Sunday, April 12, 2015

Buzzword Backlash

Perhaps the only thing more tired than business buzzwords is the backlash against business buzzwords.

Maybe it's the circles I run in, but it seems that barely a week goes by without at least someone I know sharing an article about buzzwords that are overused, buzzwords I should stop using or buzzwords I should avoid immediately. The teasers all sound very knowing and very ominous. Typical are headlines like, "Most Annoying Buzzwords", "Buzzwords Gone Bad, and "Office Jargon: Six Tired Buzzwords to Avoid". Inevitably I'll click the link and find - much to my dismay - a bunch of words, phrases, and sayings that I either use myself, or find pretty much innocuous.

Heck, I'll go one step further. Most of the buzzwords people spend their time decrying are actually useful; useful in that they do what good language is supposed to do; they convey the desired meaning in a manner that's both economical and easy to understand. Further, they almost always strike me (cliched or not) as more interesting than any "plain language" alternative that's offered.

Take "wheelhouse" for example. In this article offering 30 Business Buzzwords You Should Stop Using, the author suggests that the term has been "around a long time and has become a bit of a cliche". Sure. Fine. It's a cliche. Still, if I'm sitting in a meeting and I have the choice between hearing someone say, "That's right in her wheelhouse" or "That's an assignment that matches her strengths. I expect she can handle it easily", I'll choose the former over the latter every day.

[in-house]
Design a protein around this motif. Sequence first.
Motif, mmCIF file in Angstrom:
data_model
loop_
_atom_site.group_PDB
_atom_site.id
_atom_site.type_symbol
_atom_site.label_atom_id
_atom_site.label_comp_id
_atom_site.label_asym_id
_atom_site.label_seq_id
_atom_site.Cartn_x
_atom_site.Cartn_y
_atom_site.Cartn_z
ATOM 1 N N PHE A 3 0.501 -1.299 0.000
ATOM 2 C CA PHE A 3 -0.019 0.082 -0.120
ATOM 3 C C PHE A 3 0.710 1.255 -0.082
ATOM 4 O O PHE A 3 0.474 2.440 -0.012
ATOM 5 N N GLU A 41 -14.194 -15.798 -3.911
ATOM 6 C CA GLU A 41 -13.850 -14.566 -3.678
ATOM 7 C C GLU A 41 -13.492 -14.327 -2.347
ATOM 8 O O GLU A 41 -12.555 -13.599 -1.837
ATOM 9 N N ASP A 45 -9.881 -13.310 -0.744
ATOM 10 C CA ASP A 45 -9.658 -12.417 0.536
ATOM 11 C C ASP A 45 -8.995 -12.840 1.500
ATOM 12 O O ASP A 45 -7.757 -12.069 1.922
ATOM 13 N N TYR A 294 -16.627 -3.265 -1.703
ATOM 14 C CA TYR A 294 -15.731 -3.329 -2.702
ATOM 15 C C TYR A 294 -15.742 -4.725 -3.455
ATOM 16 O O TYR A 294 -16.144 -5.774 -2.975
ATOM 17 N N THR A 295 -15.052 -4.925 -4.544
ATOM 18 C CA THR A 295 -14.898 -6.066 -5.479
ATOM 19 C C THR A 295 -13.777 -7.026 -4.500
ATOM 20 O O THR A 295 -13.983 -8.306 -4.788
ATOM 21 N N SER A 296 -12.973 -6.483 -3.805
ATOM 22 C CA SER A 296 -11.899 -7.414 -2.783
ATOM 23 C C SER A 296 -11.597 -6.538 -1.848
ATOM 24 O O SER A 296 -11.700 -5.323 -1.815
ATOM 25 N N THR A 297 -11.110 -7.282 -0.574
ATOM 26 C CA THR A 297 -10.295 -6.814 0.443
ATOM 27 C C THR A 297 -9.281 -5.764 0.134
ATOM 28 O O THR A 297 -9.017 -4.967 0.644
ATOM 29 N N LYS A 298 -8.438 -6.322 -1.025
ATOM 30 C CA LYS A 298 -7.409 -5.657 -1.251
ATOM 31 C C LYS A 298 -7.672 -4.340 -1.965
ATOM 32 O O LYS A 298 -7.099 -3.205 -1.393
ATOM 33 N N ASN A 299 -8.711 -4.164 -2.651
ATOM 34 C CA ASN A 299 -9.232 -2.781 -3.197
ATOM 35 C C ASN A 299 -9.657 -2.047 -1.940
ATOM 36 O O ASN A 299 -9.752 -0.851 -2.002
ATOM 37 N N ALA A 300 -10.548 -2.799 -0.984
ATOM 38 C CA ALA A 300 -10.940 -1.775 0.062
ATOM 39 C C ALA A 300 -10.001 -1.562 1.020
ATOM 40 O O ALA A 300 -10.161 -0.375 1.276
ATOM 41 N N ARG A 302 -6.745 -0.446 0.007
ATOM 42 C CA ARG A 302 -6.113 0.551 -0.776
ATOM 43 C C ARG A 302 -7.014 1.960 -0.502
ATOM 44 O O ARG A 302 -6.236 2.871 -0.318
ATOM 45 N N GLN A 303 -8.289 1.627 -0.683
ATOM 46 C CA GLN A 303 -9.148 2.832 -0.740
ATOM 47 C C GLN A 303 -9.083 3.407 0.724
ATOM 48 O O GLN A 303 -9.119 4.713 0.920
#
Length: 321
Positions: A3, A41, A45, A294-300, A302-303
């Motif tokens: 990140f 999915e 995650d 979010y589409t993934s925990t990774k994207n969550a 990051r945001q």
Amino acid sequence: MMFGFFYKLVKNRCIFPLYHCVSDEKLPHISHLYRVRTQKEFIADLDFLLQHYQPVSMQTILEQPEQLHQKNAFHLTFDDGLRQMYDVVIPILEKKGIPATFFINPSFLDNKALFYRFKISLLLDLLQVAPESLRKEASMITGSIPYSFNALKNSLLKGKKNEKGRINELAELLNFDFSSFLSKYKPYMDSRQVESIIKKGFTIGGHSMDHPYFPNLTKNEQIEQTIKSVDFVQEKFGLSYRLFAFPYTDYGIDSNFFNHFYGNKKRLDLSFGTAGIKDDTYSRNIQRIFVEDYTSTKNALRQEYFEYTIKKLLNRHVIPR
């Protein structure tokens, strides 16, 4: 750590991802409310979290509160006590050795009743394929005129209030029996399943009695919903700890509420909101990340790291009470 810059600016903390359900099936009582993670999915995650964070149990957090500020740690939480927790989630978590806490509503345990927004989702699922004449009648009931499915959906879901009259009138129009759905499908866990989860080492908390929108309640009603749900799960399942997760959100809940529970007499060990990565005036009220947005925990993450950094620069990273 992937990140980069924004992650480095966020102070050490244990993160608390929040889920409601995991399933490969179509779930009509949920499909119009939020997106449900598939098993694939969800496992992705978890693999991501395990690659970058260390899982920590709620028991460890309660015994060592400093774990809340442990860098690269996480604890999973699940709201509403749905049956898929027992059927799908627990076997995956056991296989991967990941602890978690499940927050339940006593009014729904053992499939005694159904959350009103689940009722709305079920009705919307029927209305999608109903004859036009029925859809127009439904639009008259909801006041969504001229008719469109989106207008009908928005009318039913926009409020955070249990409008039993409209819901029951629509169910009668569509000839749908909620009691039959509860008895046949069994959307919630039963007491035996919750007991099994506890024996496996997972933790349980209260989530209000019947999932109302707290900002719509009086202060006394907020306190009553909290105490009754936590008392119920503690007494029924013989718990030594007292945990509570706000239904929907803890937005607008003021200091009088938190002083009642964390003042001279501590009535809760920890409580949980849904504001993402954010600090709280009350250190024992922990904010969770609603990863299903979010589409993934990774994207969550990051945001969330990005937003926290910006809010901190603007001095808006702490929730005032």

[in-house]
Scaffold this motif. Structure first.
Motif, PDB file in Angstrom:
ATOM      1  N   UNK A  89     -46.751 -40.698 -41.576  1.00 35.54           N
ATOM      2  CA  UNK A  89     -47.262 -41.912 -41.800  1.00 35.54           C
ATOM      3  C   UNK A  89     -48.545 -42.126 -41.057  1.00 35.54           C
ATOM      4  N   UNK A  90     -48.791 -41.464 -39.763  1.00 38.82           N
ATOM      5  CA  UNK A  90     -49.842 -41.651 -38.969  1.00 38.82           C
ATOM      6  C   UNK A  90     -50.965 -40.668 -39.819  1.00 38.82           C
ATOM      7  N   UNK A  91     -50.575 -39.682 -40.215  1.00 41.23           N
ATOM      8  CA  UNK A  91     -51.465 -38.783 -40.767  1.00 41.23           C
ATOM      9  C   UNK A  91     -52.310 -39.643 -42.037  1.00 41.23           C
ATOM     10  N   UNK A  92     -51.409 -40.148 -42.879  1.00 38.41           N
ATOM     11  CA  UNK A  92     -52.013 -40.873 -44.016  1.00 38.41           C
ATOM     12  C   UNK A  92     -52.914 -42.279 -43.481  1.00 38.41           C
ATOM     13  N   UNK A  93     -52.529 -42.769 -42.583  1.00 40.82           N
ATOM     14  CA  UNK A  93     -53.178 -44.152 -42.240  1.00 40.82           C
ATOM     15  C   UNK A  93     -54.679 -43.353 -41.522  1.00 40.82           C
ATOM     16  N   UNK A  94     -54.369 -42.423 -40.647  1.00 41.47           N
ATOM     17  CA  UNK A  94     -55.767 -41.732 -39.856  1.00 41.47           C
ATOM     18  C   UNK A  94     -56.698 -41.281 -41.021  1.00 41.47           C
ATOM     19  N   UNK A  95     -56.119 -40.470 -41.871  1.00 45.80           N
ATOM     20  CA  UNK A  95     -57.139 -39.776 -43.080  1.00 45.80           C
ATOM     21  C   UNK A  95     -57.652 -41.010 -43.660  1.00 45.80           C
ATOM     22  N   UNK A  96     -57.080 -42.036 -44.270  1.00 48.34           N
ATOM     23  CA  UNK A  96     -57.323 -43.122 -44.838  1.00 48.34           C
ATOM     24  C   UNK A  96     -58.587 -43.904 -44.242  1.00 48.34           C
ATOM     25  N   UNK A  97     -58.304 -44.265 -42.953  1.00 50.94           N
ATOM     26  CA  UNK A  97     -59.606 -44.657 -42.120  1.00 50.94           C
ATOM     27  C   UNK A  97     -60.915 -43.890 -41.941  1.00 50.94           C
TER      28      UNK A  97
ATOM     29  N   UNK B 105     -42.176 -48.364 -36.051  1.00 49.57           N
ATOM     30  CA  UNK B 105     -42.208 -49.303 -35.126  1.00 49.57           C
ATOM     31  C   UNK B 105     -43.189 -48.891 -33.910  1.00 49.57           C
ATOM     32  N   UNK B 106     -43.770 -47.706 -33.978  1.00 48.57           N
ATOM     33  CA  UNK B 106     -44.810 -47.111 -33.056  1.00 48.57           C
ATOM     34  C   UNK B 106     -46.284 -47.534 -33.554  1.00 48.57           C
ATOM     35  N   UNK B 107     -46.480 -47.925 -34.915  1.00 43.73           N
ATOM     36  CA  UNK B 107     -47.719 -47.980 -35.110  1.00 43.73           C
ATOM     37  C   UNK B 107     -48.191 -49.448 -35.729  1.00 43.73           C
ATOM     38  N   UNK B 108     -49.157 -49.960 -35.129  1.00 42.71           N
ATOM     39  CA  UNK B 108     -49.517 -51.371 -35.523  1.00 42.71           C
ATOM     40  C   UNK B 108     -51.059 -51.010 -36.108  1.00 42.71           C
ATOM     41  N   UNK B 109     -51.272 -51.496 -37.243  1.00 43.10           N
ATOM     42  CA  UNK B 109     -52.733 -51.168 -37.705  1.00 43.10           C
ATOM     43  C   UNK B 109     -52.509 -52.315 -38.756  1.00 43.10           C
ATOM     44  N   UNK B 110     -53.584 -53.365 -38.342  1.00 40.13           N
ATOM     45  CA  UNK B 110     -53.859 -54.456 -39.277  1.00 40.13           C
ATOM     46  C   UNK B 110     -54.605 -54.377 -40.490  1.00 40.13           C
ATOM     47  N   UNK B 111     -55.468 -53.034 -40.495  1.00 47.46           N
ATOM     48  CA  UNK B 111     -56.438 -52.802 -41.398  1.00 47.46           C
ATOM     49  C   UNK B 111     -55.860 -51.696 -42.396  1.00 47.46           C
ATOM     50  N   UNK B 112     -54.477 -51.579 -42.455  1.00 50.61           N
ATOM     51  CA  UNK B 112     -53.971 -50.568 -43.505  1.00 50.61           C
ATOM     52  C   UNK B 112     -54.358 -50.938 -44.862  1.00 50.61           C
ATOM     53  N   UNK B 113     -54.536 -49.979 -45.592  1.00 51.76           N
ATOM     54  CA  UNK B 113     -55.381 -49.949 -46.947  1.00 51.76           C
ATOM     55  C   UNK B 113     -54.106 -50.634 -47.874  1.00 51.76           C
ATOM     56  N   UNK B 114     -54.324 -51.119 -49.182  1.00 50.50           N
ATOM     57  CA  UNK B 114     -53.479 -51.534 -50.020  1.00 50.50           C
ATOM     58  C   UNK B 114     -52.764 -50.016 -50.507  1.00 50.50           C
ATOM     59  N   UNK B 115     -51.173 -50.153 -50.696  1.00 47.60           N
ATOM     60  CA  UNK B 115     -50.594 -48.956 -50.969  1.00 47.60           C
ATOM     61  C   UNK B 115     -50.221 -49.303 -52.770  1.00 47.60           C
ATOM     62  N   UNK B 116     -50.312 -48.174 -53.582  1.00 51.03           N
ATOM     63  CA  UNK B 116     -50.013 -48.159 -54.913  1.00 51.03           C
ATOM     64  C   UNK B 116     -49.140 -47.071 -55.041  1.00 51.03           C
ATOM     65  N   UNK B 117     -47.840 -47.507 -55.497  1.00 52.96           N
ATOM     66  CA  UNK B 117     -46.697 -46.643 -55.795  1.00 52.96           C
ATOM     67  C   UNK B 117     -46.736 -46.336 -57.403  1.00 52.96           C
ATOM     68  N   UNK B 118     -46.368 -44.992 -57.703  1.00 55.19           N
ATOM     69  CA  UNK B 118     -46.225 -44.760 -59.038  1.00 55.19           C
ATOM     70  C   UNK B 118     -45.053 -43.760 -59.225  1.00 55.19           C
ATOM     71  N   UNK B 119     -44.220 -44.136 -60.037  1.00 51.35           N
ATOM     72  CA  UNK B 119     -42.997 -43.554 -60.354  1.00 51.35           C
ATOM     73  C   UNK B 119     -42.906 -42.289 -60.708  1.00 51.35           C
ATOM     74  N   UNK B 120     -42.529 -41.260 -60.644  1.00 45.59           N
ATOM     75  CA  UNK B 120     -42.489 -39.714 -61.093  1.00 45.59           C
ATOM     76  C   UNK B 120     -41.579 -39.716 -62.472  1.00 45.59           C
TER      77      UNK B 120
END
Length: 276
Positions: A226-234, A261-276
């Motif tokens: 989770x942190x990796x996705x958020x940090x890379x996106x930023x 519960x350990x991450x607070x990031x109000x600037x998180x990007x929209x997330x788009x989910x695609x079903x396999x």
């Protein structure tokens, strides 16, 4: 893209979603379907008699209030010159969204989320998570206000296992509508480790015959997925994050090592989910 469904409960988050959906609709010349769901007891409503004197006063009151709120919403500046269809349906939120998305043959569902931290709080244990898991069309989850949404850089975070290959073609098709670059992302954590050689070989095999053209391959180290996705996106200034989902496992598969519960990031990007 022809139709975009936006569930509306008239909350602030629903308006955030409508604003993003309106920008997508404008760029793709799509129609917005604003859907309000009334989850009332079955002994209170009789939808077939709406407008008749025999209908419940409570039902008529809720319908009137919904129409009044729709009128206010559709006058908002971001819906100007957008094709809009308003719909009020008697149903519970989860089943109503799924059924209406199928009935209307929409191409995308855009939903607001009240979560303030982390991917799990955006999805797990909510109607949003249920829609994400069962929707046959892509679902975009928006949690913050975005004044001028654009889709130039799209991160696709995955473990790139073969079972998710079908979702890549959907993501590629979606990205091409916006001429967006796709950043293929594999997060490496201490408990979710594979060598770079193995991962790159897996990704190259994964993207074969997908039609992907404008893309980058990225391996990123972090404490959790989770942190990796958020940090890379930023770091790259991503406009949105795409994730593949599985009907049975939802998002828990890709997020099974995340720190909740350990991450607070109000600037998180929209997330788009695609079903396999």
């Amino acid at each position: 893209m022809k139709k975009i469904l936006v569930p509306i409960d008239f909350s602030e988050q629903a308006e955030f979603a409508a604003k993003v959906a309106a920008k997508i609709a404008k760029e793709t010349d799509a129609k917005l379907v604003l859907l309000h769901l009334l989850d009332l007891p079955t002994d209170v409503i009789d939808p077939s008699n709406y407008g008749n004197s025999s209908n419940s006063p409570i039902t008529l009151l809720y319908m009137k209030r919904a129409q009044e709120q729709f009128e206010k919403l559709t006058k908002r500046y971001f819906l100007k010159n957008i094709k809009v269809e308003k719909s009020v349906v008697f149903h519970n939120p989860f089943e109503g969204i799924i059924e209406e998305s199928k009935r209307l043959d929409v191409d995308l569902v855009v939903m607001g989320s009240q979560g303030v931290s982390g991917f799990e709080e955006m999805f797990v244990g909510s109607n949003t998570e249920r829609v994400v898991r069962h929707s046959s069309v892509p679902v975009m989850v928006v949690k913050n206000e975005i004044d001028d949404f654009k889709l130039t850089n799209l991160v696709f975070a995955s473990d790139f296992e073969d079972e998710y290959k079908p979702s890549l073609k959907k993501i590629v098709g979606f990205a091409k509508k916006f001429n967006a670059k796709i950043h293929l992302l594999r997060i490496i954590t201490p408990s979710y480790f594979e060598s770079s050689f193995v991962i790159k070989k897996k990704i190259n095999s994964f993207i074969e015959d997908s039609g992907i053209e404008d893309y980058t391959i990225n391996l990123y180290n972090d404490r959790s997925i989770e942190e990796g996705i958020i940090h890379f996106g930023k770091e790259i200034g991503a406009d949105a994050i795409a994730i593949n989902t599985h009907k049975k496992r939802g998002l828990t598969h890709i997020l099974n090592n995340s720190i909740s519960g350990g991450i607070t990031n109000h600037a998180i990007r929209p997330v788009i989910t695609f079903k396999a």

The same thing applies to the much-maligned term "scalable". Would you rather hear someone ask "Is it scalable?" or ask instead "Is it the case that this process can handle a growing amount of work in a capable manner?" Given those alternatives, I'm pretty OK with scalable.

Even when the brevity and clarity of buzzwords can be equaled, the results are often inferior. One article suggested dropping "ducks in a row" (as in, "We need to get our ducks in a row.") for "make a plan" (as in "We need to make a plan."). Unless one favors the embarrassingly prosaic, I don't see how this is an improvement. Is the expectation that the language we adopt be wholly literal? Are we to abandon metaphors, analogies, and figures of speech altogether?  Who on earth would wish for that?

Maybe that's what rankles me the most about buzzword backlash. When it comes to language I'm very much in the "language is a living and growing thing" camp. As such, I resist the admonitions of those who would prescribe when, how and what we should say. It's a form of cultural elitism that I've never been comfortable with.

If you want to teach people how to use language effectively, have at it. If you've got ideas for how to improve communication or increase its effectiveness, I'm all ears. If, on the other hand, you just want to tell people what words you think they should or shouldn't use, well, good luck with that. You'll never convince me it's a good idea, and frankly, you'd have better luck trying to boil the ocean.